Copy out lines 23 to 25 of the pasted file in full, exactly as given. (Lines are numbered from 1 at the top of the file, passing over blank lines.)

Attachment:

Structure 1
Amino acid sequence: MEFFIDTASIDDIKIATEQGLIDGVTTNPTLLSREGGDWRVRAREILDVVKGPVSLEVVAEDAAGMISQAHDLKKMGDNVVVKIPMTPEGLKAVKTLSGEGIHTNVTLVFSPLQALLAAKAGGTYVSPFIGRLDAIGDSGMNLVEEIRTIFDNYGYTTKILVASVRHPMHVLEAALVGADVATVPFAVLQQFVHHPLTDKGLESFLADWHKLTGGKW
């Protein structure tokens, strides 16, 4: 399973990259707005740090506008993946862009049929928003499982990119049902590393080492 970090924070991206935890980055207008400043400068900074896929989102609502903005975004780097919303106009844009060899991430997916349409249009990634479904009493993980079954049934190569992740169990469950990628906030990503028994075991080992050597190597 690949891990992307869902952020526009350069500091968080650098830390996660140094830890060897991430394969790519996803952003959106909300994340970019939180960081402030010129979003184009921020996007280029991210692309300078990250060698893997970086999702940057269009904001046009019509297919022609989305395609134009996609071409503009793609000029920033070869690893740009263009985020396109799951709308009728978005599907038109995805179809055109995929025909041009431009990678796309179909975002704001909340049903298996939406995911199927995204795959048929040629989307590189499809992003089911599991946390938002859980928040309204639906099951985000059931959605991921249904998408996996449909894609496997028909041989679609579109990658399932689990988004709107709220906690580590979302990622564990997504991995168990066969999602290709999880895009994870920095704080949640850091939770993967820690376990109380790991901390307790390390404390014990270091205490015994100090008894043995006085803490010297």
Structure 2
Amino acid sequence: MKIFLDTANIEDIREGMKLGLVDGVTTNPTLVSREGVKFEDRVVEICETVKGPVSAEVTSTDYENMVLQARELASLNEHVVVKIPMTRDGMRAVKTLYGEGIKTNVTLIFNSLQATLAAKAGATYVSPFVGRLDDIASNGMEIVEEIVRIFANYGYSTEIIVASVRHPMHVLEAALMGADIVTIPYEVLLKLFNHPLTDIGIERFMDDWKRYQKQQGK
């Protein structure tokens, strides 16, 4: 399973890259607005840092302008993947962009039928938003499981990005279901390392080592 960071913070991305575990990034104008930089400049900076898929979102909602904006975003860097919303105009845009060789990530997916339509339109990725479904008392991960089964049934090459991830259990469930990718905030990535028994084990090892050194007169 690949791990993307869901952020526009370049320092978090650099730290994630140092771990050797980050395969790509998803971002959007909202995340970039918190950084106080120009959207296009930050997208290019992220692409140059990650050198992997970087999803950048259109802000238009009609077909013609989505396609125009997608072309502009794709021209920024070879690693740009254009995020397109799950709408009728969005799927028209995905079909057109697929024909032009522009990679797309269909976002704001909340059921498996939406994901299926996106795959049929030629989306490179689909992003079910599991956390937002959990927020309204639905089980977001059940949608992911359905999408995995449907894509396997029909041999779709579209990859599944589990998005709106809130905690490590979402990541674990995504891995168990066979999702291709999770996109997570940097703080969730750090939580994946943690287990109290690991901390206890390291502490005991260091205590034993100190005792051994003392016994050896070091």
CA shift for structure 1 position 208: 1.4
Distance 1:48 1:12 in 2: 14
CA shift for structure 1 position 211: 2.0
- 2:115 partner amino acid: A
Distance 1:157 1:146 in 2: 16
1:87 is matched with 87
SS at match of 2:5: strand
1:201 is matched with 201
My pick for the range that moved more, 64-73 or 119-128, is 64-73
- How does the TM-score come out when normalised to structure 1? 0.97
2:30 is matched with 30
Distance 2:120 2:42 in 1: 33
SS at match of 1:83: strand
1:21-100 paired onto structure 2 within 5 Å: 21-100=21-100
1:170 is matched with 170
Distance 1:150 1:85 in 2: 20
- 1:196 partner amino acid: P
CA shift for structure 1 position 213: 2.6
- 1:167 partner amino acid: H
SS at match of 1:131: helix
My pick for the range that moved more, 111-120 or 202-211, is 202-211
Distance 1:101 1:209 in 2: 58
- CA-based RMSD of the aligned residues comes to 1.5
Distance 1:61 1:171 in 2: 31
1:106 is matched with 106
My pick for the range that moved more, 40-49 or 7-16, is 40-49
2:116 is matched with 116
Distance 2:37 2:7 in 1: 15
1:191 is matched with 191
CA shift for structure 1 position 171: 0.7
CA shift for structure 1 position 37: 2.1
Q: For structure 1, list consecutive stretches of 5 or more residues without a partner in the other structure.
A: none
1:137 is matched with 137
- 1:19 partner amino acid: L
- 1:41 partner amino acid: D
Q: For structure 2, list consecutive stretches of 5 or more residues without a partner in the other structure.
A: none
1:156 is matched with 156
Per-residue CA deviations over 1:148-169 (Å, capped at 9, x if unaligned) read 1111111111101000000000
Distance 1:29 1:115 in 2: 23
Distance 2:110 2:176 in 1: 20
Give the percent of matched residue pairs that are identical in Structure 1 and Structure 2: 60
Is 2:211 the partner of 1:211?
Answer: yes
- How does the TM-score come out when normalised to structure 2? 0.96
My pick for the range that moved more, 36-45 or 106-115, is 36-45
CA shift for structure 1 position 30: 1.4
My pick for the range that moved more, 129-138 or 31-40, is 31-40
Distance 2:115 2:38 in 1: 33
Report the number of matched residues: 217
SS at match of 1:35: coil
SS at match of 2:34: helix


- 1:196 partner amino acid: P
CA shift for structure 1 position 213: 2.6
- 1:167 partner amino acid: H